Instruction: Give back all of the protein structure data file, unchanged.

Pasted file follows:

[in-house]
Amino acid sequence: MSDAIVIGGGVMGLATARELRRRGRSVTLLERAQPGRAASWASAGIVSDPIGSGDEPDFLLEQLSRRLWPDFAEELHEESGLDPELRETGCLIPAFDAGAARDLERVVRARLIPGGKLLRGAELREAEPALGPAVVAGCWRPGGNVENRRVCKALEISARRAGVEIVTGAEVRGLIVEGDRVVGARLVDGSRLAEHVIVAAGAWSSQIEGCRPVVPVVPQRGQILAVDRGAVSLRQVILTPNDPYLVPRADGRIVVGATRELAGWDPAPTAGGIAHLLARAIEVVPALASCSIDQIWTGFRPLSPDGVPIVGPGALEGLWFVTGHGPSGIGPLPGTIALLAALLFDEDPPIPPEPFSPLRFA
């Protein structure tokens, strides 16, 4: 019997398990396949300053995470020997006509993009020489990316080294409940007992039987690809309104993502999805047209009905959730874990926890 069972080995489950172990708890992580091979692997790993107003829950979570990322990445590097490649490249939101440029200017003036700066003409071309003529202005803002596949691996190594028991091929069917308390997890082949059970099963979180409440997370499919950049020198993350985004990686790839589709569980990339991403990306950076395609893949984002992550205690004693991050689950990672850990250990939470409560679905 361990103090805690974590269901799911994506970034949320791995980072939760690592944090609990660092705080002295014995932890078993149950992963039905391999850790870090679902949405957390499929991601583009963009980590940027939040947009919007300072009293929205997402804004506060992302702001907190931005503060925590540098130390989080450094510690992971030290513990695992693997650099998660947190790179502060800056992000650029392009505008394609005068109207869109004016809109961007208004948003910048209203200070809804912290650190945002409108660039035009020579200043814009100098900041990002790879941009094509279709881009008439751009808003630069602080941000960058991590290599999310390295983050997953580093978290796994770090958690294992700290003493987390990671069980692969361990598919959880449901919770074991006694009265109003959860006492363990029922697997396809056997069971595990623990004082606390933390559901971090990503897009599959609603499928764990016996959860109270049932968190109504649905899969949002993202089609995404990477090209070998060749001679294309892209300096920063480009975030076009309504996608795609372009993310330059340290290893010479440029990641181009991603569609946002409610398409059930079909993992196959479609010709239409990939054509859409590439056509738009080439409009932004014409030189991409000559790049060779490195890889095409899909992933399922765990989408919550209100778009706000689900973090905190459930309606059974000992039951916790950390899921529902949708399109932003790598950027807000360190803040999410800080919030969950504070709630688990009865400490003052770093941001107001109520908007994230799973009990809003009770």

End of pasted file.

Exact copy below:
[in-house]
Amino acid sequence: MSDAIVIGGGVMGLATARELRRRGRSVTLLERAQPGRAASWASAGIVSDPIGSGDEPDFLLEQLSRRLWPDFAEELHEESGLDPELRETGCLIPAFDAGAARDLERVVRARLIPGGKLLRGAELREAEPALGPAVVAGCWRPGGNVENRRVCKALEISARRAGVEIVTGAEVRGLIVEGDRVVGARLVDGSRLAEHVIVAAGAWSSQIEGCRPVVPVVPQRGQILAVDRGAVSLRQVILTPNDPYLVPRADGRIVVGATRELAGWDPAPTAGGIAHLLARAIEVVPALASCSIDQIWTGFRPLSPDGVPIVGPGALEGLWFVTGHGPSGIGPLPGTIALLAALLFDEDPPIPPEPFSPLRFA
């Protein structure tokens, strides 16, 4: 019997398990396949300053995470020997006509993009020489990316080294409940007992039987690809309104993502999805047209009905959730874990926890 069972080995489950172990708890992580091979692997790993107003829950979570990322990445590097490649490249939101440029200017003036700066003409071309003529202005803002596949691996190594028991091929069917308390997890082949059970099963979180409440997370499919950049020198993350985004990686790839589709569980990339991403990306950076395609893949984002992550205690004693991050689950990672850990250990939470409560679905 361990103090805690974590269901799911994506970034949320791995980072939760690592944090609990660092705080002295014995932890078993149950992963039905391999850790870090679902949405957390499929991601583009963009980590940027939040947009919007300072009293929205997402804004506060992302702001907190931005503060925590540098130390989080450094510690992971030290513990695992693997650099998660947190790179502060800056992000650029392009505008394609005068109207869109004016809109961007208004948003910048209203200070809804912290650190945002409108660039035009020579200043814009100098900041990002790879941009094509279709881009008439751009808003630069602080941000960058991590290599999310390295983050997953580093978290796994770090958690294992700290003493987390990671069980692969361990598919959880449901919770074991006694009265109003959860006492363990029922697997396809056997069971595990623990004082606390933390559901971090990503897009599959609603499928764990016996959860109270049932968190109504649905899969949002993202089609995404990477090209070998060749001679294309892209300096920063480009975030076009309504996608795609372009993310330059340290290893010479440029990641181009991603569609946002409610398409059930079909993992196959479609010709239409990939054509859409590439056509738009080439409009932004014409030189991409000559790049060779490195890889095409899909992933399922765990989408919550209100778009706000689900973090905190459930309606059974000992039951916790950390899921529902949708399109932003790598950027807000360190803040999410800080919030969950504070709630688990009865400490003052770093941001107001109520908007994230799973009990809003009770």